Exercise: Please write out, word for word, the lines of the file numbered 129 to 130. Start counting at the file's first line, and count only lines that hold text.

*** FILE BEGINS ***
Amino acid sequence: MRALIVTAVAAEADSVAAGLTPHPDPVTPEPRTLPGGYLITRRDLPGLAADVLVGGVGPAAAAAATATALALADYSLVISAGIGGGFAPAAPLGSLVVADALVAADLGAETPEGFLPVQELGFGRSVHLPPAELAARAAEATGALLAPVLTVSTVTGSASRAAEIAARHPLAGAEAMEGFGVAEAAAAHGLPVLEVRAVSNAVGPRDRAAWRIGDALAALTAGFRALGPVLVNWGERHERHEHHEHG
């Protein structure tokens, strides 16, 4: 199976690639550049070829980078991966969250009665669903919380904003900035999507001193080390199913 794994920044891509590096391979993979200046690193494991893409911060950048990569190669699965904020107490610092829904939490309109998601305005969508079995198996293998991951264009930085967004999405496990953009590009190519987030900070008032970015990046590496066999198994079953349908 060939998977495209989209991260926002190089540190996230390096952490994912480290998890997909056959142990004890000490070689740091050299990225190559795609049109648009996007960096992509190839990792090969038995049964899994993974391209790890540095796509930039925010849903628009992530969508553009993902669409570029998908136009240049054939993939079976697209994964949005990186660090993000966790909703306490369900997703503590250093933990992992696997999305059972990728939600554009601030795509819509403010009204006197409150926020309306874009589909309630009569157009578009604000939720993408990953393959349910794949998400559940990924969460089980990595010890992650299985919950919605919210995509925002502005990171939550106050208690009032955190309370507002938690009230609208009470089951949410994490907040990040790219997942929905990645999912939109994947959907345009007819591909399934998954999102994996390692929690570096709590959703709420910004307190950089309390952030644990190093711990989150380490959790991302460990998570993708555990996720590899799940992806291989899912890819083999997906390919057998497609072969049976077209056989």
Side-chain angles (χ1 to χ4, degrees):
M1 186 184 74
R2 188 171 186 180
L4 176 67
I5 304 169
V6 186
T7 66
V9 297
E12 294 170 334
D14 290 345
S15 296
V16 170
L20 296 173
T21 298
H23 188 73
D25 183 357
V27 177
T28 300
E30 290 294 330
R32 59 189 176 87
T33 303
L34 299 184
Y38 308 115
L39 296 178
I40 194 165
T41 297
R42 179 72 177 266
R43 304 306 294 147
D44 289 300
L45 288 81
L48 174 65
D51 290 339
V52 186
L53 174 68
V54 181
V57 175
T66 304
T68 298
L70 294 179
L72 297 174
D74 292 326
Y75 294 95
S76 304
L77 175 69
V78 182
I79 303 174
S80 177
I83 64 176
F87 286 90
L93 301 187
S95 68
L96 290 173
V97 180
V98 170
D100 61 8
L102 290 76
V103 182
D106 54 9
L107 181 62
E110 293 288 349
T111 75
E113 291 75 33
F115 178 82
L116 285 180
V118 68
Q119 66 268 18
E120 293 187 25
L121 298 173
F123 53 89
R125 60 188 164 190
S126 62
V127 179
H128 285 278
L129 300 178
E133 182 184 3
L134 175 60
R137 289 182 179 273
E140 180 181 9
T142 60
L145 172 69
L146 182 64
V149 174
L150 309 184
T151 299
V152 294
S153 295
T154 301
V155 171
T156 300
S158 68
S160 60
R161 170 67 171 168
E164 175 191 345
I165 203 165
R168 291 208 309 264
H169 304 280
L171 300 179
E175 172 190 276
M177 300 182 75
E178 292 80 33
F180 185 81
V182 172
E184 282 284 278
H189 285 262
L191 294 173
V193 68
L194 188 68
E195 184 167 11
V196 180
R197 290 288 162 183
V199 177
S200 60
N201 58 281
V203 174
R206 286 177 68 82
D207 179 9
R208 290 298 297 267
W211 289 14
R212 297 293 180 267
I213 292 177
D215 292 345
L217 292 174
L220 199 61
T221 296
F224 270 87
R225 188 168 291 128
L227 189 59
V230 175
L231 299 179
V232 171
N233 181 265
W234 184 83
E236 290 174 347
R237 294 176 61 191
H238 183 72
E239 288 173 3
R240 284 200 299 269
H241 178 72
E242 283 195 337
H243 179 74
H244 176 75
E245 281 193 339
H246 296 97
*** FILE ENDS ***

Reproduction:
L227 189 59
V230 175